(click on the image to make it larger for viewing)
Where my project fits into the course readings
I really like how this student explores the range of directions for his/her inquiry project. For the concept experience this week, he/she would need to add nodes to this map that indicate how pieces of his/her project intersect with the thinkers we’ve read in class.
For this mapping assignment, first break down your project into key components — issues you’ve run across in your research. Your IP will likely not cover all components — but for this map, you are should map every related issue from your research at this point.
Then review your nuggets from all of the key thinkers in the course — going back to Bush’s “As We May Think” in week 2, all the way through Goldberg and Kay from week 8. Review the readings themselves with your research from last week in mind. Then figure out how pieces of your project intersect with 3 of the readings/thinkers.
I encourage all of you to be creative when making these connections. Even though your course readings were written decades ago — the writers were revolutionary in their thinking, and this specific topic of “black solidarity through social media” is an outgrowth of some of the visionary thinking of the Bush, Liklider, Englebart, Nelson, Kay and Goldberg. It is the student’s challenge (and your challenge) to figure out how his/her project “fits” in among at least 3 of the thinkers.
I see numerous ways his project intersects with the course thinkers. “Black spaces on social media,” for example, can intersect with Goldberg and Kay’s “personal dynamic media” concept. In their conclusion they ask: “What would happen in a world in which everyone had a Dynabook? If such a machine were designed in a way that any owner could mold and channel its power to his own needs, then a new kind of medium would have been created: a metamedium, whose content would be a wide range of already-existing and not-yet-invented media.” Black Twitter is, in many ways, a “personal dynamic media” for a particular group of people, even individuals, and it has been “mold(ed,” and it’s power “channelled” to meet that individual and group’s needs. Since Goldberg and Adele were interested in how media is personalized for individual uses — Black Twitter is a web space that enacts the kind of personalization of media that these thinkers envisioned.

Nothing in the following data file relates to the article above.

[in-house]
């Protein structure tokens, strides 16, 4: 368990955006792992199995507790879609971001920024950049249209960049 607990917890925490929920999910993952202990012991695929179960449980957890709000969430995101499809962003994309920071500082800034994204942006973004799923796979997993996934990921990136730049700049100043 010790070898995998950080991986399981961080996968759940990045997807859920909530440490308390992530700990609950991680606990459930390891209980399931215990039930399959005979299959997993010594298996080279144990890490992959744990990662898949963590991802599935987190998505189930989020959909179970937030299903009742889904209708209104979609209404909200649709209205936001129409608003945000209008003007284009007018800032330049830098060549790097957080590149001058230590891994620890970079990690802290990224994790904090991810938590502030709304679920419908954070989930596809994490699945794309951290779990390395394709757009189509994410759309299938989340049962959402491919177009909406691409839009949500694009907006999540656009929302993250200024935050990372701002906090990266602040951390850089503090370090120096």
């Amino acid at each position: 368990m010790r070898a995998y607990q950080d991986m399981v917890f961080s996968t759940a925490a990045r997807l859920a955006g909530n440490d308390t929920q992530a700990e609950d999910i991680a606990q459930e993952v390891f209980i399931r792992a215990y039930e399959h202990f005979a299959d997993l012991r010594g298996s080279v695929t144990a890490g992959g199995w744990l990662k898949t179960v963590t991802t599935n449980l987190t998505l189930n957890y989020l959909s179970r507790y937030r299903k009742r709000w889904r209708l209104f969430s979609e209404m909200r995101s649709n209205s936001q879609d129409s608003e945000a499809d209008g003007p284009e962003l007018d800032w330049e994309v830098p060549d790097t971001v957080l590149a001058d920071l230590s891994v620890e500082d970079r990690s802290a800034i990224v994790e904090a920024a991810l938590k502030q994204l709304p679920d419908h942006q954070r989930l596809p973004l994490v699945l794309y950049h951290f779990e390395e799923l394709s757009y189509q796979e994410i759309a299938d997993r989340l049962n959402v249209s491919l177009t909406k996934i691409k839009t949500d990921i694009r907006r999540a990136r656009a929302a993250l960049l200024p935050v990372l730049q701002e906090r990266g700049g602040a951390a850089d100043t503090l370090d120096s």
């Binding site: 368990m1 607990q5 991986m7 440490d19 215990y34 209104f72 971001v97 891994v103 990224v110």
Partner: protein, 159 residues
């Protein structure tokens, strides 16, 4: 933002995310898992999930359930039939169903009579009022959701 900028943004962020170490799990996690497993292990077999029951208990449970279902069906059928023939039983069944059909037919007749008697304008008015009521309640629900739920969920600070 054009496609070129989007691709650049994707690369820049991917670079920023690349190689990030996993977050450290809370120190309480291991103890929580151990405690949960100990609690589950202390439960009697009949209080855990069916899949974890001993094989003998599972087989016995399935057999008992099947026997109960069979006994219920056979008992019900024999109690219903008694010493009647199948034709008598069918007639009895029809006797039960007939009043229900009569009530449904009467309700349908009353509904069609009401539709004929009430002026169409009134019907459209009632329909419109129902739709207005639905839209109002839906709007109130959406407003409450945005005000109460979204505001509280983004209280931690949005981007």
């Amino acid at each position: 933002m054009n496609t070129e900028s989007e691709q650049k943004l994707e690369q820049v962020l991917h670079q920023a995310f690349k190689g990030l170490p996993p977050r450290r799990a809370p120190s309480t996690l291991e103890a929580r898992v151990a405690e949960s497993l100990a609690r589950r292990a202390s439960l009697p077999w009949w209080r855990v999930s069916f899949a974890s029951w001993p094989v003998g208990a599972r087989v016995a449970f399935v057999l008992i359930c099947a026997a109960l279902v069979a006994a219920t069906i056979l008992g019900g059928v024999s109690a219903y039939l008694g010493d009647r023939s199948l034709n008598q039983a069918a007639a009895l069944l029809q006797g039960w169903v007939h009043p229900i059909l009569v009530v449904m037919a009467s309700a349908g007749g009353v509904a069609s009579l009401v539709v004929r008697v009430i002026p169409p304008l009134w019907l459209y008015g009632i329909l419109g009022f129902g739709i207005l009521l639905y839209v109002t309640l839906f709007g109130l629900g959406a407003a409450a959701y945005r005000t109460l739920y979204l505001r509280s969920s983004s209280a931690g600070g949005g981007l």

I would like you to not simply add a word “Licklider” to the map — but pull out a key concept in Licklider and place it on the map.Then in a footnote below the map, provide a fuller explanation about how your project intersects with the key concept you’ve added.
So in the above example, I would place “Goldberg and Kay,” and “personal dynamic media,” beside “Twitter” and “Black Spaces on Social Media,” and then I would add a footnote with the explanation I give above, where I quote Goldberg and Kay and make intersections with how Twitter has been a space that has been personalized by specific group of people.
Show intersections with 3 of the course readings.
I would suggest mapping your thoughts by hand, then transferring them to a map created in Word on using MindMup: MindMup is a free mind mapping tool that can be used online, with Google Drive, and on your desktop. MindMup works like most mind mapping tools in that you can create a central idea and add child and sibling nodes all over a blank canvas. MindMup nodes can contain text and links. When you’re ready to save your MindMup mind map you can save it to Google Drive, save it to your desktop, or publish it online. If you publish it online, you can grab an embed code for it to post it in a blog post or webpage.
See the MindMup map I created below using only the “add child” and “edit node” buttons. I only connected to one thinker; you should connect to 3 thinkers.
(my mindmup: click on image to make it larger)